The second half seemed to carry on much as the first had…..at quite a pace. Although again we seemed to have plenty of sustained pressure, when the Trojans’ midfield came forward, their passing was neat, intricate and always finding their players’ sticks. Several times last ditch tackles were made by Salisbury defenders. But still, we were giving everything we had, with the entire team running their socks off, something very different to last week against Romsey. Still maintaining good pressure, I missed one of our best chances………..that’s why I’m not a forward, but luckily for me, shortly afterwards we converted a well worked goal. Trojans seemed more than a little deflated after this, and keeping the pressure up we managed to score a second shortly after, nicely worked, almost passed into the goal. This seemed to be the prompt that Trojans had been waiting for and they came at us all guns blazing in the last ten minutes. I can’t really remember us getting out of our own half, but we tackled, harried and chased down well, determined I think to close out the game. Unfortunately for us, a momentary lapse of  concentration left a Trojans forward free at the top of the D, who scored to level things up. With only a few minutes to go, it was us hanging on, which we did, albeit a little scrappily. My view….a great friendly game, well umpired, taken in the right spirit and probably the correct result.

Notable mentions…Kevin Parker for some great defending, and for what I thought were some brilliant passes. Alan Garrett for his goal (lucky!!!) and Nick Hillier, not only for his goal, but what I thought was an accomplished display at centre half, worthy of someone with many more years of experience at that position.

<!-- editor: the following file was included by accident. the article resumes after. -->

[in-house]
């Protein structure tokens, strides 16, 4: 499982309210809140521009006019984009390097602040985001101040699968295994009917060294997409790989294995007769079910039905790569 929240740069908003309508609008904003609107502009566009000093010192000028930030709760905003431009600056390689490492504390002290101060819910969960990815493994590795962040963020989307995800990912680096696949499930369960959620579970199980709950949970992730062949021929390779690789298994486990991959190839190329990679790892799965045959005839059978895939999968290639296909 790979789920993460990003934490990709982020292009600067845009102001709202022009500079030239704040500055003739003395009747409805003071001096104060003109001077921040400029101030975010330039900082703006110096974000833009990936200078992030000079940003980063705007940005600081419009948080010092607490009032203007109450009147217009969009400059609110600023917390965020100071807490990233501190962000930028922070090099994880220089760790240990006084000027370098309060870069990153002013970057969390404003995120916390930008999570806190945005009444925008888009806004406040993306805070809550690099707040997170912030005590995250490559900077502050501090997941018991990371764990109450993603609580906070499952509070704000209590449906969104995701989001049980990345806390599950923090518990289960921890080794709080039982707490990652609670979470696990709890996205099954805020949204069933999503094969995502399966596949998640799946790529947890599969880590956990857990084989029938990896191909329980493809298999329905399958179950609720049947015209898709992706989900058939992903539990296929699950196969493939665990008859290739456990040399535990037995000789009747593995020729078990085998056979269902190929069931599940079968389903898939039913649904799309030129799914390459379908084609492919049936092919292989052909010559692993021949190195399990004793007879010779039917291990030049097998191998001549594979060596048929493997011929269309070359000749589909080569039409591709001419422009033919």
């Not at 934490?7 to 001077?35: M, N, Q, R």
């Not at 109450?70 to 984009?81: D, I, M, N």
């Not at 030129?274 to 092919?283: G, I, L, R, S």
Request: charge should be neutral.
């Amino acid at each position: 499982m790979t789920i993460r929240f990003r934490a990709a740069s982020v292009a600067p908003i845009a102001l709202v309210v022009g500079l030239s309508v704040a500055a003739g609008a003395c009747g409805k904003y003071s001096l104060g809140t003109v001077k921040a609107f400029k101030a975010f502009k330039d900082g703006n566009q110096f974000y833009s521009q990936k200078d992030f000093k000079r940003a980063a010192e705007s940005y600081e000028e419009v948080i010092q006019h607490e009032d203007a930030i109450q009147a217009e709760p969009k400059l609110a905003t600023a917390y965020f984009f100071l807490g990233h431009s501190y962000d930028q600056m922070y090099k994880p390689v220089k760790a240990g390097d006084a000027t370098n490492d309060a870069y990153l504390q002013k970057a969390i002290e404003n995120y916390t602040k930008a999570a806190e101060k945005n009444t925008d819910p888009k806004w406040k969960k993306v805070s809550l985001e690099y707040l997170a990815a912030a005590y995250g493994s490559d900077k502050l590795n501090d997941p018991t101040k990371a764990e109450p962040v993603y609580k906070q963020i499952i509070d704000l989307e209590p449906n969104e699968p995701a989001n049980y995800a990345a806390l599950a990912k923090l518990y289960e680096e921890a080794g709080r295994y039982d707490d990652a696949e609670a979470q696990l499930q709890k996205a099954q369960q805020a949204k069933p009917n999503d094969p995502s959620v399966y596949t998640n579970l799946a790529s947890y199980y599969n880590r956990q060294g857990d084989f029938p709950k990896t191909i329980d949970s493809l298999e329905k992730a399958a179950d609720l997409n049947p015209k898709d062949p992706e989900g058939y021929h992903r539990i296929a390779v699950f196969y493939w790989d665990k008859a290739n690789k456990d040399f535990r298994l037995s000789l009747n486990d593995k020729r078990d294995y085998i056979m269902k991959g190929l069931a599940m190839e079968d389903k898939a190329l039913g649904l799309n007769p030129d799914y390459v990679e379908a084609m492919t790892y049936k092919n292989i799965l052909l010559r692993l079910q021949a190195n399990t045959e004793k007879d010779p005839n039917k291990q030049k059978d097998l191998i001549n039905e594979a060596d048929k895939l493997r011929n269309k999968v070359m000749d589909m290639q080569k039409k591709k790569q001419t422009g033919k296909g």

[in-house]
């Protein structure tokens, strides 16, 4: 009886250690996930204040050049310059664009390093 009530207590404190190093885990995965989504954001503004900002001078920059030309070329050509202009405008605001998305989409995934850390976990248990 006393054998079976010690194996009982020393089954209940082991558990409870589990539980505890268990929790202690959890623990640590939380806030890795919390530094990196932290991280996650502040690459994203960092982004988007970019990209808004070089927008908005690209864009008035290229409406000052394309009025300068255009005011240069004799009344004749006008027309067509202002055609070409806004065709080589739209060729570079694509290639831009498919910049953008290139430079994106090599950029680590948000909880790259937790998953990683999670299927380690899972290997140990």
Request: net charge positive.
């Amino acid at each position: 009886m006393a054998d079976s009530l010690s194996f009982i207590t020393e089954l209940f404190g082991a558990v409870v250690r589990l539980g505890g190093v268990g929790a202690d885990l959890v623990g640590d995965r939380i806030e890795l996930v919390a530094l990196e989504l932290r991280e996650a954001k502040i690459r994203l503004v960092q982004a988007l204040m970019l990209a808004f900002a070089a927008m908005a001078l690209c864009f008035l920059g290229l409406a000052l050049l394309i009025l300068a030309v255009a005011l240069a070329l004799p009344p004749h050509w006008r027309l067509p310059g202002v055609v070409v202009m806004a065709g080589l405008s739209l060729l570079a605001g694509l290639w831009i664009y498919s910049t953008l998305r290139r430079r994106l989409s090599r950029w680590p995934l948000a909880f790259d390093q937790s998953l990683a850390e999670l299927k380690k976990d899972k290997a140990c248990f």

Well played Trojans. Good luck for next week – see you the week after for our league battle!

Next week……………….Blandford in the league!!! We have to meet at what time?

Romsey 3rd XI vs Salisbury 4th XI

First things first. I was handed the skipper’s armband before we’d even left our club to travel to Romsey…..oh woe is me! I’m far too old and unfit to be captaining any side, and it’s hard enough concentrate on my own game, let alone everyone else’s. Anyway, off we went…..usual magical mystery tour.

On arrival, we duly changed into our away strip……black. Good job it wasn’t sunny and really, really hot…………oh…that’s right, it was! After a brief introduction and warm up….the game started. First of all, I’d like to say thanks to the umpires. I thought they performed fantastically, and what common sense to suggest that we break the game up into quarters so that everyone can take on a drink….what a difference that made. Very good!

The game started, and right from the off it appeared that both teams were quite evenly matched. I think we had more possession in the first and second quarters of the game, but Romsey had some great breakaways, which, but for some last ditch defending, could have seen us two or three nil down. As it was, we went into half time one nil ahead. Nice goal, converting the pressure that we’d had, by keeping them camped in their half most of the time. That being said, when Romsey had the ball, they certainly passed it around better than we did, and their running off of the ball was more evident…….all of which was discussed during the half time team talk.